Jay Mcinnes

Mobile: 604-771-4606

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Ben Robinson

Mobile: 604-353-8523

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Chase Nelson-Murray

Mobile: 604-671-5362

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Special Assessments & Levies when Selling?

Special Assessments/Levies When Selling?
If you have not heard of the term ‘Special Assessment’ or ‘Special Levy’ it’s high time you new what these terms meant. To cut to the chase, people usually associate these terms with an owner paying more money.

Right off the bat, we will point out, these terms only apply to Strata properties. So you townhouses and condos out there should listen up. Houses, you’re good as you deal with all of your own repairs/replacements. Fun fact for you, a Stratified property can be 2 or more properties.
Moving on, what do these terms ACTUALLY mean? Well, there are 3 terms you should know to understand this:

  1. Special Assessment - if some work needs to be carried out on a Stratified property, such as updated paintwork, general repairs or installation of door kick plates etc. This is usually taken care of by the Contingency Reserve Fund (CRF). We’ll get to that below, but when these repairs are substantial and would use up all, or a vast majority of, the Contingency Reserve Fund, a Special Assessment of the work will be carried out on the basis a lump sum will be charged to handle repairs. This is usually for larger areas of work such as rainscreening, roof replacements and more.
  1. Special Levy - Once the above assessment has taken place, usually three quotes will be sourced by the Strata Council, and a decision will be made on how to proceed with the work. This decision can be anything from - Is a full replacement necessary? Should it just be a partial repair? What contractor/quote should we go with? Once this has been agreed upon, the cost of the repair/replacement will be assessed. This assessment will lead to a vote. The result of this vote can be one of three ways - Should the cost be taken from the Contingency Reserve Fund, Charged as a Special Levy or a mixture of both? If the Special Levy option is picked, the cost of the quote will be divided based upon unit entitlement (worked out vi square footage of each unit) and dispersed amongst the owners to pay for.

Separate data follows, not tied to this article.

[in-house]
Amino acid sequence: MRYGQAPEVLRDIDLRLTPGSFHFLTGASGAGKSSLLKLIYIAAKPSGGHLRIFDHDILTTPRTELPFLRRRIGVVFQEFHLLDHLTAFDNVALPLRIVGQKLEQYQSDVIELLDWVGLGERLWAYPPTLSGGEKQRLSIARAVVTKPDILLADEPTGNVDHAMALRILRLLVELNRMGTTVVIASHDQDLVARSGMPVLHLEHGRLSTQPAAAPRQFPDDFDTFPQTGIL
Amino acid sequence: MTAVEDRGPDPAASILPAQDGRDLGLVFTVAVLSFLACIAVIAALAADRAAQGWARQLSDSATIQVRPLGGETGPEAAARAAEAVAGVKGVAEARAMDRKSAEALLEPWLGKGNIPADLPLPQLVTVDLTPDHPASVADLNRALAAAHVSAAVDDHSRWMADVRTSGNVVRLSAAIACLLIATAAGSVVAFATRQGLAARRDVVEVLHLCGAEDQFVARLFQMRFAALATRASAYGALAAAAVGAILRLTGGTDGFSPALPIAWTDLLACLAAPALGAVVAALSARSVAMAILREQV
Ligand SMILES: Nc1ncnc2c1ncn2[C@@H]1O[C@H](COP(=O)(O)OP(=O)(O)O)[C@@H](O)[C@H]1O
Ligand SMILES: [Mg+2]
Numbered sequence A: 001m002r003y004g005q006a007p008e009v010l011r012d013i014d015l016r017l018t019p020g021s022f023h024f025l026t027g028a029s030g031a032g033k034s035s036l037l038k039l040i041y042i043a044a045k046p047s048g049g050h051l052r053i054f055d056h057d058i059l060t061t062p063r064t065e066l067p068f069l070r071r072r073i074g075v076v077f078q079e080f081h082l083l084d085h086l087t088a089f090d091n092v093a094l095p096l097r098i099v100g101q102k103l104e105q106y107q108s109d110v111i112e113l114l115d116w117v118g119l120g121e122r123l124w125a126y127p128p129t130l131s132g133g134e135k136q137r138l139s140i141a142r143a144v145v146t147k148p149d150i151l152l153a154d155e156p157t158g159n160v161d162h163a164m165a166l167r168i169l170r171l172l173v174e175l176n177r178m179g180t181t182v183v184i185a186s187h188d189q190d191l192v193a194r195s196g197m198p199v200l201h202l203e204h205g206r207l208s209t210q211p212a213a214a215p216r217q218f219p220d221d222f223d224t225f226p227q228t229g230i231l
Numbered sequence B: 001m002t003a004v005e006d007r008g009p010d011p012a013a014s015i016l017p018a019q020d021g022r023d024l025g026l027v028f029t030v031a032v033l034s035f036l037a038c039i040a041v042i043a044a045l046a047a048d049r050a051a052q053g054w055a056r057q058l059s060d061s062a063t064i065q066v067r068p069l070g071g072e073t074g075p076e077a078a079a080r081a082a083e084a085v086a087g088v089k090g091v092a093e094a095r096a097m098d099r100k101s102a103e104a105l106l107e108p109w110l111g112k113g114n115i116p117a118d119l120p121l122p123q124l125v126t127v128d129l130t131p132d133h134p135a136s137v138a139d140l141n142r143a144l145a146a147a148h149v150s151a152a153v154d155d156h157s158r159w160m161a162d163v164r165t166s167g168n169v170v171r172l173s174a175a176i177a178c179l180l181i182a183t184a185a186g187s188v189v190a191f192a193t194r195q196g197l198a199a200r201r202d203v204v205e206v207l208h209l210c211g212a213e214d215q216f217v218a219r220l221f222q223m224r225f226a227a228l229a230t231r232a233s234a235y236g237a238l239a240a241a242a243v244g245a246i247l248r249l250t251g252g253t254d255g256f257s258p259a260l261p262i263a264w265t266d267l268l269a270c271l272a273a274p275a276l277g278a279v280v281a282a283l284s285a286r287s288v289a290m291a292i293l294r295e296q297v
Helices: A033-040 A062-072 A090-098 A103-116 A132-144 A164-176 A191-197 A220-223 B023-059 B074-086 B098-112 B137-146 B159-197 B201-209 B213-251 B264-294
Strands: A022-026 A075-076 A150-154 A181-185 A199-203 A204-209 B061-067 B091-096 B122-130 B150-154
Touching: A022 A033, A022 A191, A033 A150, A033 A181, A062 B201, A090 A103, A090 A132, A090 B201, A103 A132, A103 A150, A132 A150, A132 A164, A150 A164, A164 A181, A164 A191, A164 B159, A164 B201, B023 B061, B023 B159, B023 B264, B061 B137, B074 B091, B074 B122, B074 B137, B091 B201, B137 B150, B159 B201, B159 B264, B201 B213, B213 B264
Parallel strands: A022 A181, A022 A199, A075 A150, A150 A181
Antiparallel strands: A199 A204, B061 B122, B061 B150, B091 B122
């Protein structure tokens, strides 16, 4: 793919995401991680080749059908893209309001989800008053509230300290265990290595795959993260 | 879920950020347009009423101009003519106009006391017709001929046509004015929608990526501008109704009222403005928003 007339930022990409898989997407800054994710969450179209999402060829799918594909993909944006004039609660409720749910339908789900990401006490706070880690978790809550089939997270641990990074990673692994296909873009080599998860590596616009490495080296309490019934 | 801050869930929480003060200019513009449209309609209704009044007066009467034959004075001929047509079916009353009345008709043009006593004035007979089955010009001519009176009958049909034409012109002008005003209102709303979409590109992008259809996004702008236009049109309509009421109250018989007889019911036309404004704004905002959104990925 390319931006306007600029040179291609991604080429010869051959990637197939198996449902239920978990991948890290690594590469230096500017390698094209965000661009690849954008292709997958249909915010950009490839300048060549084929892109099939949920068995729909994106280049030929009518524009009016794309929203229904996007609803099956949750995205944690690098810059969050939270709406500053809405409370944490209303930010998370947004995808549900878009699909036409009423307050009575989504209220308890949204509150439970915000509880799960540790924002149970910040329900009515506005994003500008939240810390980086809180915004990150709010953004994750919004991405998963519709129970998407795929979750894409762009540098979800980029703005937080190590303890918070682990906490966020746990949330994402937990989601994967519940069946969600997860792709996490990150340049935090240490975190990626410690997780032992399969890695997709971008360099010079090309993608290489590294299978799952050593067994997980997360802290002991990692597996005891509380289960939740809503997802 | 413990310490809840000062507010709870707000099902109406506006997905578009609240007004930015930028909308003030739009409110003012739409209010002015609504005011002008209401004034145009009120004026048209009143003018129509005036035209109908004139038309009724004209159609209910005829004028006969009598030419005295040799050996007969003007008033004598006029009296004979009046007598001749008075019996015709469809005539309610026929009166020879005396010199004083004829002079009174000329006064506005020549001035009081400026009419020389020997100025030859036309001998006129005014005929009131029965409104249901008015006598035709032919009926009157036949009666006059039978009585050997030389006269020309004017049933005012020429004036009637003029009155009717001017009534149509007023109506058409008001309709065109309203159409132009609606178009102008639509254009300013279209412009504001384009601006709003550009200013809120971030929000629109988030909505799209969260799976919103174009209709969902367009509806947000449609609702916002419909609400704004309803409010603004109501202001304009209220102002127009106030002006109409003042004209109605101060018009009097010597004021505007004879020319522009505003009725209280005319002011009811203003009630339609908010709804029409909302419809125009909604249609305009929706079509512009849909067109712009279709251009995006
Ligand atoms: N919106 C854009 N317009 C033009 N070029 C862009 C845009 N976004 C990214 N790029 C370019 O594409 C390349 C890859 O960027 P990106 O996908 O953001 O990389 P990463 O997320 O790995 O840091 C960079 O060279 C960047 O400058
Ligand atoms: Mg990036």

1. Contingency Reserve Fund - This is a fund which your monthly maintenance fees will contribute too. As a rule of thumb, there should be $1,500 - $2,000 in the Contingency Reserve Fund for each unit in the complex. This fund is to manage operating expenses in the building, along with repairs required to the building or it’s associated equipment.

Well that’s all well and good, but how does this affect me when i’m selling my condo unit? Well it’s like this - If a Special Levy is coming, you will fall into one of the following categories:

Already Approved - If a special assessment is already approved, YOU as the current seller will be liable to pay this cost. You will usually see on your Form B or in the bylaws, that as soon as a levy is approved, the current owner is responsible for the entire amount and cannot sell out of the unit and expect the new buyer to pay. If the fee is not paid, a lien may be placed on your unit and the transfer in title (therefore completion of sale) cannot happen until this is paid off!

Being Discussed - if a potential levy/assessment is coming, but has not been agreed upon by council, the new buyer could be responsible for this. For example, at your January Annual General Meeting (AGM), it is brought to the attention Plumbing may need to be reviewed over the next year. If you sell your unit then the contract completes in in June, if a fee is not brought to the table of discussion until October, then the new owner will be responsible for paying.
A Fee is agreed, for work to start later - If your january meeting takes place and a fee is agreed upon, with work starting in August later that year. Regardless of whether you sell your home before or after that work has started, you as the seller will be responsible for that fee. As a rule of thumb, if a fee is agreed upon, at the time of agreeance, the current owner is responsible! This also applies if the fee is due to be paid in installments. From the moment of agreeance, the entire amount is owed by the seller!

These fees are not necessarily something to be afraid of. In fact, you want to buy into a very proactive building that is keeping itself in great condition. If the building is not proactive, that $5,000 fee today, can easily be $20,000 in 5 years time! 

We hope that has given you some food for thought, if you have any further questions, let us know and we’ll get these covered right away!
Until next week.

Jay Mcinnes
T: 604.771.4606
jay@mcinnesmarketing.com

Ben Robinson
T: 604.353.8523
ben@mcinnesmarketing.com